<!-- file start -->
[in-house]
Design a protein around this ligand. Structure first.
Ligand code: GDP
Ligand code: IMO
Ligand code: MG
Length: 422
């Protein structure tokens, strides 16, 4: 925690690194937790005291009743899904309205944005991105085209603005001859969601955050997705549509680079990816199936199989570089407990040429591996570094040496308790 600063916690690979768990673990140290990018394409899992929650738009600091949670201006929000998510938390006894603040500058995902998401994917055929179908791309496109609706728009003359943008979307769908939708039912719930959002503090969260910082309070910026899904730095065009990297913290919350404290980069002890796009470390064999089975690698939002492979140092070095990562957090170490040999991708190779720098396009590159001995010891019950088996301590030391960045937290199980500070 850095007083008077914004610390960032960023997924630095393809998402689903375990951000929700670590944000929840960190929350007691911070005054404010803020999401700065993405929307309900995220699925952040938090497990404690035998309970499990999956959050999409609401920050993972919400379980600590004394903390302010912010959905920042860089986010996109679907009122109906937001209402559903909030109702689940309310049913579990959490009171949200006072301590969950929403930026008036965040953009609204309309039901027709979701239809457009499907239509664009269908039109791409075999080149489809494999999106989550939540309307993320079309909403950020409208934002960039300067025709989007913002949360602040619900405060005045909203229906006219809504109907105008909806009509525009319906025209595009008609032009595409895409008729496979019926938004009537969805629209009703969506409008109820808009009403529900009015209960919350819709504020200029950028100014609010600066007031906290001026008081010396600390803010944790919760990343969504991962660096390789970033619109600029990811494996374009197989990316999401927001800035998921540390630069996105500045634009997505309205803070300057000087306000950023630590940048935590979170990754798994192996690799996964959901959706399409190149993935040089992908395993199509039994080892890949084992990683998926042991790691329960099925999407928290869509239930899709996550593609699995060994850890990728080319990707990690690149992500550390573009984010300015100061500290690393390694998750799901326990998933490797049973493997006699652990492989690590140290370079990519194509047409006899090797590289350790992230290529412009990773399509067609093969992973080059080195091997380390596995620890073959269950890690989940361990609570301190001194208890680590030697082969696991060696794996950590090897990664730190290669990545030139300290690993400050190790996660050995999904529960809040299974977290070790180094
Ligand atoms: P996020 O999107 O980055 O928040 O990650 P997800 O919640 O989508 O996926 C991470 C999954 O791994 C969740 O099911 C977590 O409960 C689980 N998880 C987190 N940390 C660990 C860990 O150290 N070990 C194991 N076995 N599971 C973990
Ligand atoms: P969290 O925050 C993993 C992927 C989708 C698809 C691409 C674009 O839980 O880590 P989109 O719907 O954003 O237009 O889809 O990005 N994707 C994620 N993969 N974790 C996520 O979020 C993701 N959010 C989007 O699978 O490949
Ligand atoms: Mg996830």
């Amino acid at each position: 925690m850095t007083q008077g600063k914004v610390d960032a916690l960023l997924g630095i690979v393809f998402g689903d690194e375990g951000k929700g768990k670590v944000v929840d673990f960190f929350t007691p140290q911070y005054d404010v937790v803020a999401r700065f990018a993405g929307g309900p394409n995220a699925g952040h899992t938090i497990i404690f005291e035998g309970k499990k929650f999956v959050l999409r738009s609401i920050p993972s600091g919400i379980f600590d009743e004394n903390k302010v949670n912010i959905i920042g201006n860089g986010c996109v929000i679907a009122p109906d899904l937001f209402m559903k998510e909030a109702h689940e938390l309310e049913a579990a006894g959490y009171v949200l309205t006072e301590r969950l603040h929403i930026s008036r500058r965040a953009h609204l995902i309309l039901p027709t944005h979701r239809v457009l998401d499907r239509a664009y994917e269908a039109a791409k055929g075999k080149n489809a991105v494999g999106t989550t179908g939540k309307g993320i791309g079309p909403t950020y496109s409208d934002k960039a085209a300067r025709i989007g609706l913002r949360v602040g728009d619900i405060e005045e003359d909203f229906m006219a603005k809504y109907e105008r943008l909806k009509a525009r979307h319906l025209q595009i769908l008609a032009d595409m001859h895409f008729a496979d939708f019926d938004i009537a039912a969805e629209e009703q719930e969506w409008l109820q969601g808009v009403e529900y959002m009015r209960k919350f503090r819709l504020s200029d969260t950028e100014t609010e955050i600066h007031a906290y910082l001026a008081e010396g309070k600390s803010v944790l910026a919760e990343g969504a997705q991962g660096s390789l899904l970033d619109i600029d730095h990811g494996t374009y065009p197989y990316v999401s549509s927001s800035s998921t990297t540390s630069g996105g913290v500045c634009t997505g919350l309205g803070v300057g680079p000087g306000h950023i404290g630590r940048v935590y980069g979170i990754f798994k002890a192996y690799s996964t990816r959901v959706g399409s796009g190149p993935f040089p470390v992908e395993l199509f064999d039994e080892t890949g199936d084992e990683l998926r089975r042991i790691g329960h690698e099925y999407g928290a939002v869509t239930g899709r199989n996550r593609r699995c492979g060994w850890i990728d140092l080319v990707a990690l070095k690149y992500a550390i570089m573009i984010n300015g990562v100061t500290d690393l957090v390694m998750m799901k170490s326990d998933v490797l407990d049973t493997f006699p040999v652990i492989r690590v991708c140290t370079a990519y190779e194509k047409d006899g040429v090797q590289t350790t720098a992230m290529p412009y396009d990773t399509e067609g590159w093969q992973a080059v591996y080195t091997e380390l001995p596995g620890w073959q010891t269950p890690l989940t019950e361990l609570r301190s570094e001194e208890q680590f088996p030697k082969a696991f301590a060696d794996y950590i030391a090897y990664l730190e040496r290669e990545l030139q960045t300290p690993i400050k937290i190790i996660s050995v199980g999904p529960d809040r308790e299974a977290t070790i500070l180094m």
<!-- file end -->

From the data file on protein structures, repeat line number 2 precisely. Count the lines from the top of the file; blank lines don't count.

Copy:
Design a protein around this ligand. Structure first.